02 Jan 2018 19:01 IST

Lessons from a mountaineer

The ambition to pursue a goal against all odds is inspiring. ‘Into Thin Air’ is a must read for MBAs

In 1997, Jon Krakauer wrote Into Thin Air, one of the best books about climbing Mount Everest. Over 20 years later, despite the world having changed dramatically, lessons from the book are still full of relevance, especially for the likes of today’s MBA aspirants.

Krakauer, an experienced mountain climber, had previously written off trying to scale Mt. Everest. For one thing, the novelty was dwindling each decade from the time Sir Edmund Hillary and Tenzing Norgay accomplished the feat in 1953. As of 2016, there have been more than 6,000 ascensions to the top by over 4,000 climbers, with many reaching the summit more than once.

No mountain like Everest

There’s no mountain quite like Everest. At 29,028 feet, it is the tallest peak in the world. Krakauer notes wryly that this is the customary altitude of commercial airliners. The mountain straddles the northern border of Nepal with Tibet, which is controlled by China. In fact, the border runs through the peak and Krakauer talks about how he had one foot in China and another in Nepal once he had reached the summit.

The weather is highly unpredictable and almost always brutal. Icefalls, a build on the word waterfalls, can move ice sheets by as much as 700 metres each year on the Khumbu glacier. Crevices, many over 300 metres deep, can consume climbers if they’re not careful.

And there’s the thinness of the air. At the Base Camp at the foot of the mountain, there is only half the amount of oxygen as at sea level, and at the peak, only a third. Climbers have to get used to the thin air for weeks before their climb to the peak and this they do with their practice runs past Base Camp, returning to their tents before the midday sun begins to melt the ice sheet, making descents deadly.

Everest mystique

So what is it that propelled the 42-year-old Krakauer to even consider the trip when he was asked by Outside magazine to submit an article about the commercialisation of Everest? He could easily have agreed to stop his climb at Base Camp, which, at an altitude of 17,600 feet, is a noteworthy accomplishment in itself. He could have written about how such pristine land plays host to hundreds of tents and nearly 40,000 people who routinely go each year with the hope of scaling the peak.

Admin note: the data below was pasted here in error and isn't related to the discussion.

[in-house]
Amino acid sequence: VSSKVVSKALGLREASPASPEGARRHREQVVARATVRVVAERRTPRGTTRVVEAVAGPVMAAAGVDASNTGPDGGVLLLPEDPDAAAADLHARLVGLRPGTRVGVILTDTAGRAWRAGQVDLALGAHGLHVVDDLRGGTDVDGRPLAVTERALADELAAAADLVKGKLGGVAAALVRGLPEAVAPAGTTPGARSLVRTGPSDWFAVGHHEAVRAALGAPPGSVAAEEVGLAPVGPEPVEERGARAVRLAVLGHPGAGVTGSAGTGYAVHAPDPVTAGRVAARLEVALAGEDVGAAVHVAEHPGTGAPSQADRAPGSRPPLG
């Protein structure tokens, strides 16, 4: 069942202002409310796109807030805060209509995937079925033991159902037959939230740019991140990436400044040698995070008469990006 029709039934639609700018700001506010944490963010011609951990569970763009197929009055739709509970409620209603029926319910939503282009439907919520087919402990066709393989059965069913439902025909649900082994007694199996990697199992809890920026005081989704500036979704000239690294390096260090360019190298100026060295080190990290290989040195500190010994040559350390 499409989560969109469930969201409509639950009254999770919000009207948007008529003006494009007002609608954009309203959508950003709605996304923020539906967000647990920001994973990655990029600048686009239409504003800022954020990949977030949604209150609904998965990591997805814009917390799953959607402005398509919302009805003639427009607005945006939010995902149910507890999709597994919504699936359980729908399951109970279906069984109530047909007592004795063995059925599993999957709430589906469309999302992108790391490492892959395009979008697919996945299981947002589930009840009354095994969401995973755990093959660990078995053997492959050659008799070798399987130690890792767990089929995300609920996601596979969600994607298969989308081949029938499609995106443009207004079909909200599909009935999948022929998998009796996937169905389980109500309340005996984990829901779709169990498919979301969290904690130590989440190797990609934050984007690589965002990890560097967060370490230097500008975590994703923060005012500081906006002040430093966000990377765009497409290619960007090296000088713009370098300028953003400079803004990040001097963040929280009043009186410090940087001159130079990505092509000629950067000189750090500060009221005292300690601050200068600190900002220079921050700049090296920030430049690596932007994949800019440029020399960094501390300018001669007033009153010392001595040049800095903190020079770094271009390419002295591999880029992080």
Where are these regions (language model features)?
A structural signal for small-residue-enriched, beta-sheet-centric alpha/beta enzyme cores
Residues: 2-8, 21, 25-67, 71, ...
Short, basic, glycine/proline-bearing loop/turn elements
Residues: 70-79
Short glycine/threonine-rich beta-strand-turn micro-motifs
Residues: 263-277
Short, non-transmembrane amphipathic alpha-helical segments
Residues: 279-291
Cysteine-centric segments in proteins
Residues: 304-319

Krakauer writes that what drove him was the ‘Everest Mystique’. He wanted to climb the mountain as badly as he had ever wanted anything in life. It didn’t matter that he had weaker legs and lungs. When his scared wife argued with him, saying, “If you get killed, it’s not just you who’ll pay the price. I’ll have to pay too, you know, for the rest of my life. Doesn’t that matter to you?” He calmly replied, “I’m not going to get killed — don’t be melodramatic”.

He was right about his optimism. He made it to the top and stayed there for less than five minutes, clicking pictures of the northern face sloping down into Tibet and the southern face that he had just climbed. He experienced the sheer joy of accomplishing one of life’s most difficult and treacherous challenges. And the even greater joy of living to tell the world his story.

Higher uncertainties

But he was wrong about the others who made it to the top that day. Out of 26 members of his team, which included Sherpas, only five reached the top. Most of the remaining were unable to make the last few hundred feet because the weather window was closing down.